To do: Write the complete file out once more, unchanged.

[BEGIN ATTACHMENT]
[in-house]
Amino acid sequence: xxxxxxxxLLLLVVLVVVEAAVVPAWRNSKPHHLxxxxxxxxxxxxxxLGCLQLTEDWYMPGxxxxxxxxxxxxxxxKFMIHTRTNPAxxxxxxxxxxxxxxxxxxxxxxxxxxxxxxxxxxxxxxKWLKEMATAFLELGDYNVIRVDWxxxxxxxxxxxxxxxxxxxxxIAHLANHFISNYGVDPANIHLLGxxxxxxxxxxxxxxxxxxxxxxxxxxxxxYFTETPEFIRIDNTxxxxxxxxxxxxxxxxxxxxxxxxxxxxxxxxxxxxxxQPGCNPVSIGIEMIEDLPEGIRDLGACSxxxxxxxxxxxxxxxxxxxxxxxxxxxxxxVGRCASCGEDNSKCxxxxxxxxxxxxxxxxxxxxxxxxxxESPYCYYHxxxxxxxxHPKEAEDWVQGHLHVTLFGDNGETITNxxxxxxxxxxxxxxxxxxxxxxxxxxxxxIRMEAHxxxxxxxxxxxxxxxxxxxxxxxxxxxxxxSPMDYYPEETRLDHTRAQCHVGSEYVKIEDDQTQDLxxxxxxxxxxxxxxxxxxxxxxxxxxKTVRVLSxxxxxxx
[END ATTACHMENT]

[in-house]
Amino acid sequence: xxxxxxxxLLLLVVLVVVEAAVVPAWRNSKPHHLxxxxxxxxxxxxxxLGCLQLTEDWYMPGxxxxxxxxxxxxxxxKFMIHTRTNPAxxxxxxxxxxxxxxxxxxxxxxxxxxxxxxxxxxxxxxKWLKEMATAFLELGDYNVIRVDWxxxxxxxxxxxxxxxxxxxxxIAHLANHFISNYGVDPANIHLLGxxxxxxxxxxxxxxxxxxxxxxxxxxxxxYFTETPEFIRIDNTxxxxxxxxxxxxxxxxxxxxxxxxxxxxxxxxxxxxxxQPGCNPVSIGIEMIEDLPEGIRDLGACSxxxxxxxxxxxxxxxxxxxxxxxxxxxxxxVGRCASCGEDNSKCxxxxxxxxxxxxxxxxxxxxxxxxxxESPYCYYHxxxxxxxxHPKEAEDWVQGHLHVTLFGDNGETITNxxxxxxxxxxxxxxxxxxxxxxxxxxxxxIRMEAHxxxxxxxxxxxxxxxxxxxxxxxxxxxxxxSPMDYYPEETRLDHTRAQCHVGSEYVKIEDDQTQDLxxxxxxxxxxxxxxxxxxxxxxxxxxKTVRVLSxxxxxxx